Windows: `lsusb` Equivalent – PowerShell

The lsusb command in Linux, known as the “List USB” command, is widely used to list the connected USB devices and display the information about them.

One of the quickest ways to list the connected USB devices in Windows is by using the “Device Manger”: simply press the ⊞ Win key to open the “Start Menu” and type “device manager” to search for the app.

You can also open the “Device Manager” through the “Run” dialog, by pressing the ⊞ Win + R and executing the devmgmt.msc command.

Although there is no direct equivalent to the lsusb command in Windows, you can use the PowerShell’s Get-PnpDevice command to list the connected USB devices and display the information about them.

Cool Tip: Check the real actual size of USB flash drive or SD card! Read More →

Lsusb Command in Windows

Use the PowerShell’s Get-PnpDevice command as a Windows lsusb equivalent to list all the connected USB devices:

PS C:\> Get-PnpDevice -PresentOnly | Where-Object { $_.InstanceId -match '^USB' }
- sample output -
Status       Class           FriendlyName                            InstanceId
------       -----           ------------                            ----------
OK           USB             USB Composite Device                    USB\VID_0408...
OK           USB             USB Root Hub (USB 3.0)                  USB\ROOT_HUB...
OK           HIDClass        USB Input Device                        USB\VID_046D...
OK           USB             Generic USB Hub                         USB\VID_05E3...
OK           USB             USB Composite Device                    USB\VID_046D...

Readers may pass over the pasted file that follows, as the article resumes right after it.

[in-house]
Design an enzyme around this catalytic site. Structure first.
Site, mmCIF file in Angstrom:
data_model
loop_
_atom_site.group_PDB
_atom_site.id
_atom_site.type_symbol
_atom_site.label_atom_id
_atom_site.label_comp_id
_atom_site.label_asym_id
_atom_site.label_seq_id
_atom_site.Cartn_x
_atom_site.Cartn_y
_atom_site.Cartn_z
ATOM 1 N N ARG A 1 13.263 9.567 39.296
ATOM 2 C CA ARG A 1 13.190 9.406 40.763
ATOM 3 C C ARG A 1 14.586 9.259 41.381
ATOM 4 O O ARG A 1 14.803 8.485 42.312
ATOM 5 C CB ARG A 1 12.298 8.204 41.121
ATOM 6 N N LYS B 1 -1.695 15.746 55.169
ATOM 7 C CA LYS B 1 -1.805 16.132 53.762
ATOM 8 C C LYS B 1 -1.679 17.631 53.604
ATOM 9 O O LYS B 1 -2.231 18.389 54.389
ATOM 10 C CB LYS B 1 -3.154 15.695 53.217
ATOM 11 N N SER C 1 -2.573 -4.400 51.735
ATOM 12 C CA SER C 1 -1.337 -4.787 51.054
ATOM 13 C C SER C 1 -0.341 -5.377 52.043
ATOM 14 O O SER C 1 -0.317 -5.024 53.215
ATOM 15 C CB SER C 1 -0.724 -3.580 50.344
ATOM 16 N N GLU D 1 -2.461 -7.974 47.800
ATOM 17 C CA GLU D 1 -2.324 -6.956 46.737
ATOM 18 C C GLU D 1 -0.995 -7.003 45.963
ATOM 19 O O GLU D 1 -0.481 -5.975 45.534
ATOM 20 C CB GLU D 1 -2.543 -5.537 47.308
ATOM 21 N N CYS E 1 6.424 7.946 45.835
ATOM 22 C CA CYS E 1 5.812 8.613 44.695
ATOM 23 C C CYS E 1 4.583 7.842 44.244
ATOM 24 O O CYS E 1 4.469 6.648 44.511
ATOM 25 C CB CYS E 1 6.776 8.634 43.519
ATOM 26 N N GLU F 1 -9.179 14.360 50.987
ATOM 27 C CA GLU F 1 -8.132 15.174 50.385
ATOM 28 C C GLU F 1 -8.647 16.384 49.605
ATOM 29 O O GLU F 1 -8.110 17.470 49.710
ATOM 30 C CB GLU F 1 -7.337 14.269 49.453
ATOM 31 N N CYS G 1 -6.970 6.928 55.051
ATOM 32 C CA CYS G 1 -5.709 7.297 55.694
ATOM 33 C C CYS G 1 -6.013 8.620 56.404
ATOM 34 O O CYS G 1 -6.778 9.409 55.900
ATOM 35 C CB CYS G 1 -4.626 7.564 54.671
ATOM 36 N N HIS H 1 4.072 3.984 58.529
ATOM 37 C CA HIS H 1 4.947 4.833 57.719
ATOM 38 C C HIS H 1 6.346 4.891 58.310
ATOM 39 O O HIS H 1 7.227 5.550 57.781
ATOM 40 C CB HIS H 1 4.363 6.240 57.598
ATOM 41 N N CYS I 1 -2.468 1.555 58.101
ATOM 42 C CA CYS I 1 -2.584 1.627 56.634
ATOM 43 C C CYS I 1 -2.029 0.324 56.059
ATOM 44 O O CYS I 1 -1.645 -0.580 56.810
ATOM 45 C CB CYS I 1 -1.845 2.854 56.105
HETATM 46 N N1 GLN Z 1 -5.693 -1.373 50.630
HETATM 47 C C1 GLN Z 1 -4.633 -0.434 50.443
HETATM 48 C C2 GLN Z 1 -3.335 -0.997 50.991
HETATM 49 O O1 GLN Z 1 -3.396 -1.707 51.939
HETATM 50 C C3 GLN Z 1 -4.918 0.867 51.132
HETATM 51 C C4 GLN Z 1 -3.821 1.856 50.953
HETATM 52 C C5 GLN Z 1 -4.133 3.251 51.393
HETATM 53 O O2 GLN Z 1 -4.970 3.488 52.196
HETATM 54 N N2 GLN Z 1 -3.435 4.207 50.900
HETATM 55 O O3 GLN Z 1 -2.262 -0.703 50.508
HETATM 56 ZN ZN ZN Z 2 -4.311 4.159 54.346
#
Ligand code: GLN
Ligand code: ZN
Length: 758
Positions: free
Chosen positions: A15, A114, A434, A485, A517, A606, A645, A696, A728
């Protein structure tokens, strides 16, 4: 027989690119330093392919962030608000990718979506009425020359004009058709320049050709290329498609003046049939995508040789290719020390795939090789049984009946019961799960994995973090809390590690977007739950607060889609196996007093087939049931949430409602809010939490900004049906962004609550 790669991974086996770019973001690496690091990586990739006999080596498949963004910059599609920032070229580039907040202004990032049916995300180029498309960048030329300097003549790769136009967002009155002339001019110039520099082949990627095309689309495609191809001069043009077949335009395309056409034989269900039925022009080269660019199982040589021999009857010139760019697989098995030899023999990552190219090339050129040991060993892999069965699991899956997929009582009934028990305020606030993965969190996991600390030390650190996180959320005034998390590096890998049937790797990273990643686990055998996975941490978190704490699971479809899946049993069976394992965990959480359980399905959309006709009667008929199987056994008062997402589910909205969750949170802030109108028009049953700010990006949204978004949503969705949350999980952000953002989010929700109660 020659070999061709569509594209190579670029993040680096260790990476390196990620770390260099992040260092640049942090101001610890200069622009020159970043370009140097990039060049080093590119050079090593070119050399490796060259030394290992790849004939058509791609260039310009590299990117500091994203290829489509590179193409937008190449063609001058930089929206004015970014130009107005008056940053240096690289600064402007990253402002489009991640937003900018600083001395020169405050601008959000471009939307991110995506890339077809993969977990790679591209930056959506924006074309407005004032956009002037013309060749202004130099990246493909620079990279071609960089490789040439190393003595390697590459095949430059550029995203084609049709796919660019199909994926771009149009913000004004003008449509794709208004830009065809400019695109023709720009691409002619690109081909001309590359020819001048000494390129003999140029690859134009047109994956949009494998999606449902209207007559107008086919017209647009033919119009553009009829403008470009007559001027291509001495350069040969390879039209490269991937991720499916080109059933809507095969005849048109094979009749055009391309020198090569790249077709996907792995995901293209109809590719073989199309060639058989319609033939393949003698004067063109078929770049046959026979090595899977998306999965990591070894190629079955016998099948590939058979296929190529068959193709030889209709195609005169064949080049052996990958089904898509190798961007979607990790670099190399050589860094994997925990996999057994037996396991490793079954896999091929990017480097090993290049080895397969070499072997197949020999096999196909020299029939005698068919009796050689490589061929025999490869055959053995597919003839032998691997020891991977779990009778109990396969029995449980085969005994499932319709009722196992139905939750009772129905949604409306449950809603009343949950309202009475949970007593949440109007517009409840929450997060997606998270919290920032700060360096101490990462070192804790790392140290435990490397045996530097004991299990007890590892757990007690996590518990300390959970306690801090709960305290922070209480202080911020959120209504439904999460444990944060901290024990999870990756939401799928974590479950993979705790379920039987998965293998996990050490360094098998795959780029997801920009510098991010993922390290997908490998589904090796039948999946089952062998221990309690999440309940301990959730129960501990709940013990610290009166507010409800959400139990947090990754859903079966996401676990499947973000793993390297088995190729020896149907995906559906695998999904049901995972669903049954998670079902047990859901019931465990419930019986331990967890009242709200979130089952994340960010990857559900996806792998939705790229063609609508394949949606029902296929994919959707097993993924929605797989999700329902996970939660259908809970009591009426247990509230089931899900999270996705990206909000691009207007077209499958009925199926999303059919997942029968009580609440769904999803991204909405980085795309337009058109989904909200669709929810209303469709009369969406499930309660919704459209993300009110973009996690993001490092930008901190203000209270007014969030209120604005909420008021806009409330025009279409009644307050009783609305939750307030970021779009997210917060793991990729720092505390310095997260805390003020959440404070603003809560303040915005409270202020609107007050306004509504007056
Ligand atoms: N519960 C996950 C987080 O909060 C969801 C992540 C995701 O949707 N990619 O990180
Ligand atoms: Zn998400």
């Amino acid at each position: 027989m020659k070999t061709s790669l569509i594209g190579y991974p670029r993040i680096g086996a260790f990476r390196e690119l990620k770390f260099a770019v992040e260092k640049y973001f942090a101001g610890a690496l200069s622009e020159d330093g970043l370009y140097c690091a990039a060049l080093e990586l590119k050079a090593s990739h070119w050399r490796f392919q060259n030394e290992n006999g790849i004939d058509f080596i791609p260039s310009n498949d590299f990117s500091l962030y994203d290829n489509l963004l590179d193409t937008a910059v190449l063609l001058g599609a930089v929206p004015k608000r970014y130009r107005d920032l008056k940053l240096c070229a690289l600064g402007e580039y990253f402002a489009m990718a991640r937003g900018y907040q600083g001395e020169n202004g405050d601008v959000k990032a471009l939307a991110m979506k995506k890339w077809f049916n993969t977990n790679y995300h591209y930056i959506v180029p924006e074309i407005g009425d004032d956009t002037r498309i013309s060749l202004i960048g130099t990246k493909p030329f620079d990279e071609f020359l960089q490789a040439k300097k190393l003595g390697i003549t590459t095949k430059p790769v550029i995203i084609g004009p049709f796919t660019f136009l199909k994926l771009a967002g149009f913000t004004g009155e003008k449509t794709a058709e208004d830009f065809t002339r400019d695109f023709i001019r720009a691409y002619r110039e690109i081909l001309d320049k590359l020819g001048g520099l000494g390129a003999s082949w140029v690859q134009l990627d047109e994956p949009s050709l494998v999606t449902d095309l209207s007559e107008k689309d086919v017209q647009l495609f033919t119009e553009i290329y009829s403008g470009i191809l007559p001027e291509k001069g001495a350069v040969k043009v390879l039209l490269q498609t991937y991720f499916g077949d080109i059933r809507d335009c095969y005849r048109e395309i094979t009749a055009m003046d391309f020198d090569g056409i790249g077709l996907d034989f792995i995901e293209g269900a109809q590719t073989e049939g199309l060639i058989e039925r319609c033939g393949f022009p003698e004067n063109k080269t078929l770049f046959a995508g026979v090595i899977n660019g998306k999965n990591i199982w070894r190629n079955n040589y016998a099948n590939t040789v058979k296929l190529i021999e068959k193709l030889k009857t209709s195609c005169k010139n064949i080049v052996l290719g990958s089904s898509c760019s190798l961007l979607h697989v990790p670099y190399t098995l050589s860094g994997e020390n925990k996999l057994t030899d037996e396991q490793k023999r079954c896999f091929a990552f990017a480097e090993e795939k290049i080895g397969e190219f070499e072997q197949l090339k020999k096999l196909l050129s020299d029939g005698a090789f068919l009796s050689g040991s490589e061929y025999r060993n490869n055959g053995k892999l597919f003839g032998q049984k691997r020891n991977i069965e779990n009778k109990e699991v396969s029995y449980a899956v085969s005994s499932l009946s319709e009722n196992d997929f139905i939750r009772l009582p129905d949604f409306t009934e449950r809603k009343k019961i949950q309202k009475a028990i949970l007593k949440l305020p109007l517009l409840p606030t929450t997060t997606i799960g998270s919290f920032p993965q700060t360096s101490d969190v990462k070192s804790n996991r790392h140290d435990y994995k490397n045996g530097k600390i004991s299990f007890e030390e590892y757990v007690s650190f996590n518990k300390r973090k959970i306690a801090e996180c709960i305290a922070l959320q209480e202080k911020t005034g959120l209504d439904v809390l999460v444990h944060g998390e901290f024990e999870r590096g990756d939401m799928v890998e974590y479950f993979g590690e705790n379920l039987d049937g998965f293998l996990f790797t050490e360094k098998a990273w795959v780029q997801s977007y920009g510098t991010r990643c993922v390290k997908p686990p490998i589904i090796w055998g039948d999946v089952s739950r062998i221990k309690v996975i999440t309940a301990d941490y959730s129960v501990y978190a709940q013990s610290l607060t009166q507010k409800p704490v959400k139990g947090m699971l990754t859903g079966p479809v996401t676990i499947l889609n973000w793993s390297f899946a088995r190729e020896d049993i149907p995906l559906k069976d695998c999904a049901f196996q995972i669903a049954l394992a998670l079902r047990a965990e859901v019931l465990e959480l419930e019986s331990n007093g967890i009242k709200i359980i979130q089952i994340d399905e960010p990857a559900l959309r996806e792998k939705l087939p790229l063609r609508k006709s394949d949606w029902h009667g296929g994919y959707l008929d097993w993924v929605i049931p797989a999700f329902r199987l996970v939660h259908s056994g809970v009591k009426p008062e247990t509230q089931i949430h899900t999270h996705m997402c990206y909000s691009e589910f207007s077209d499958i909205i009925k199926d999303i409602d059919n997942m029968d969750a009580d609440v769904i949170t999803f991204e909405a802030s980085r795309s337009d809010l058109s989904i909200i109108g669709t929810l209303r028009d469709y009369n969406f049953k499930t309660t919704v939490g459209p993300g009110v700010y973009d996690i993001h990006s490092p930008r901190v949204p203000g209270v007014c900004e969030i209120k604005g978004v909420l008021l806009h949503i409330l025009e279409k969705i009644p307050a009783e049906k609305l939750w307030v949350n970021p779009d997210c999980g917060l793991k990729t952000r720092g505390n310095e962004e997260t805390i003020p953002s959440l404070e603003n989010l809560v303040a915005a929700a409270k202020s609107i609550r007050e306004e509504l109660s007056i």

OK           Camera          HP HD Camera                            USB\VID_0408...
OK           Bluetooth       Intel(R) Wireless Bluetooth(R)          USB\VID_8087...
OK           USB             Generic SuperSpeed USB Hub              USB\VID_05E3...
OK           HIDClass        USB Input Device                        USB\VID_046D...

To display the complete information about the connected USB devices (including vendor and product IDs), use the Format-List filter:

PS C:\> Get-PnpDevice -PresentOnly | Where-Object { $_.InstanceId -match '^USB' } | Format-List
- sample output -
Caption                     : USB Input Device
Description                 : USB Input Device
InstallDate                 :
Name                        : USB Input Device
Status                      : OK
Availability                :
ConfigManagerErrorCode      : CM_PROB_NONE
ConfigManagerUserConfig     : False
CreationClassName           : Win32_PnPEntity
DeviceID                    : USB\VID_046D&PID_C535&MI_00\7&11A3A82D&1&0000
ErrorCleared                :
ErrorDescription            :
LastErrorCode               :
PNPDeviceID                 : USB\VID_046D&PID_C535&MI_00\7&11A3A82D&1&0000
PowerManagementCapabilities :
PowerManagementSupported    :
StatusInfo                  :
SystemCreationClassName     : Win32_ComputerSystem
SystemName                  : DESKTOP-0041
ClassGuid                   : {745a17d0-73d3-11f0-b7fe-01a0c90f47da}
CompatibleID                : {USB\Class_03&SubClass_01&Prot_01, USB\Class_03&SubClass_01}
HardwareID                  : {USB\VID_046D&PID_C535, USB\VID_046D&PID_C535}
Manufacturer                : (Standard system devices)
PNPClass                    : HIDClass
Present                     : True
Service                     : HidUsb
PSComputerName              :
Class                       : HIDClass
FriendlyName                : USB Input Device
InstanceId                  : USB\VID_046D&PID_C535&MI_00\6&11B3A84D&1&0000
Problem                     : CM_PROB_NONE
ProblemDescription          :
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2 Replies to “Windows: `lsusb` Equivalent – PowerShell”

  1. Thanks for the post.
    TIPS: We can also increase the column width in Powershell to avoid truncation
    PS C:\> Get-PnpDevice -PresentOnly | Where-Object { $_.InstanceId -match ‘^USB’ } | Format-Table -Wrap -AutoSize

  2. HINT:
    Instead of “Format-Table” you can use the built-in alias “ft”. Similar you can use “fl” Instead of “Format-List”, which makes the expression shorter and easier to read.
    You can list all available aliases with Get-Alias

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